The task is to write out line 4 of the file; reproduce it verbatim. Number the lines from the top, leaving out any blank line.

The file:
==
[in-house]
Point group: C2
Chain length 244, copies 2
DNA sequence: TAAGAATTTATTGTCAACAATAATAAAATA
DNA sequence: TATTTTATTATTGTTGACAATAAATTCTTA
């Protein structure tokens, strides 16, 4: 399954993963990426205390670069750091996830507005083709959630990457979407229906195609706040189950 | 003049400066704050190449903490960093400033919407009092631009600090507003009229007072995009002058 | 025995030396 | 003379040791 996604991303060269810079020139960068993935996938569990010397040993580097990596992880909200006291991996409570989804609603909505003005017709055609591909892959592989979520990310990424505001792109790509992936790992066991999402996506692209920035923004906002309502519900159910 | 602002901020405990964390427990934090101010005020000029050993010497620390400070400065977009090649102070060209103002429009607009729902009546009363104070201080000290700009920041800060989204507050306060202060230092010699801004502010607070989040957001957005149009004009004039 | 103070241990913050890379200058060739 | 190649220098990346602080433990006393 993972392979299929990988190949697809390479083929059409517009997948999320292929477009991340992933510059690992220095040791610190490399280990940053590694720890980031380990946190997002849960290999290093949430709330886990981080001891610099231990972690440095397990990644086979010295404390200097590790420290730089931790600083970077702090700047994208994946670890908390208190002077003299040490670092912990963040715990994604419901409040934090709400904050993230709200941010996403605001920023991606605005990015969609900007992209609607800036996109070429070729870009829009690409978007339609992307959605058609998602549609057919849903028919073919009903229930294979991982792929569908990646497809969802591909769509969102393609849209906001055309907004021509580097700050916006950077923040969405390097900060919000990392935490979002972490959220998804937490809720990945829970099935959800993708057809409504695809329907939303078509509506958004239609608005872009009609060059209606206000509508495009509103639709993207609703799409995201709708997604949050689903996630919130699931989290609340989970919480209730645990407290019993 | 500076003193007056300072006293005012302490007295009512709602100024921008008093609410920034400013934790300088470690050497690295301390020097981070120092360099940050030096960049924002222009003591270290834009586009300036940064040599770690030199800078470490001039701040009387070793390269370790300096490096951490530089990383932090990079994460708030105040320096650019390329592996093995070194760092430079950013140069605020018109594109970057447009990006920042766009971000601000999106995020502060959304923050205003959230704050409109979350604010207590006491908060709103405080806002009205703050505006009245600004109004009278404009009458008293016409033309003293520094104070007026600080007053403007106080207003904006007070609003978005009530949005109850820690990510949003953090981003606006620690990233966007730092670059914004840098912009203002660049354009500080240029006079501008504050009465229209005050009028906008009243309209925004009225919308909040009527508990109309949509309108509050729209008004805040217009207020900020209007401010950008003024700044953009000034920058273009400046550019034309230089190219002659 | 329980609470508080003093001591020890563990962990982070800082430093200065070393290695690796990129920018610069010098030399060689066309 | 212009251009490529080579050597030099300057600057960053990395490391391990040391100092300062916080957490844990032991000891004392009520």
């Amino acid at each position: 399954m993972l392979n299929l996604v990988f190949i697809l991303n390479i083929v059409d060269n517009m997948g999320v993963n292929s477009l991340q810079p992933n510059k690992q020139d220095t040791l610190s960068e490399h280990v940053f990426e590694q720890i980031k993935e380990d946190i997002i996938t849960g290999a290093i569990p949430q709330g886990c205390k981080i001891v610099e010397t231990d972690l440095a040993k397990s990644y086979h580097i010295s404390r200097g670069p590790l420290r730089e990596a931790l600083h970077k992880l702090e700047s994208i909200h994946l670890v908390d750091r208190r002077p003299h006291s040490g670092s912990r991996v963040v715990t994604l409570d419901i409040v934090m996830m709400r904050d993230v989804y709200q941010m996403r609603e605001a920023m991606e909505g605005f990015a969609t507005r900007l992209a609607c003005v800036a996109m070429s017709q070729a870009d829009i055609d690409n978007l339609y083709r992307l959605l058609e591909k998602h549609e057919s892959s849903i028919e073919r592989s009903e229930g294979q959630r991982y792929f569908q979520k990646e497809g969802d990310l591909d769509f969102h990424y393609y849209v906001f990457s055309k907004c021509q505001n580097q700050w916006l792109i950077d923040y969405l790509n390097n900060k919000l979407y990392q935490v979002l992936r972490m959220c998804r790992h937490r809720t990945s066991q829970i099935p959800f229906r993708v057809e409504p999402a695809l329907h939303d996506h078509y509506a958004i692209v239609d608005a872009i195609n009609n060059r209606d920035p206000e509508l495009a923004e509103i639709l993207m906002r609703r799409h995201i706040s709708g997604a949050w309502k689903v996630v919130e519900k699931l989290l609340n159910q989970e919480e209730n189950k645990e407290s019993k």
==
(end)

DNA sequence: TAAGAATTTATTGTCAACAATAATAAAATA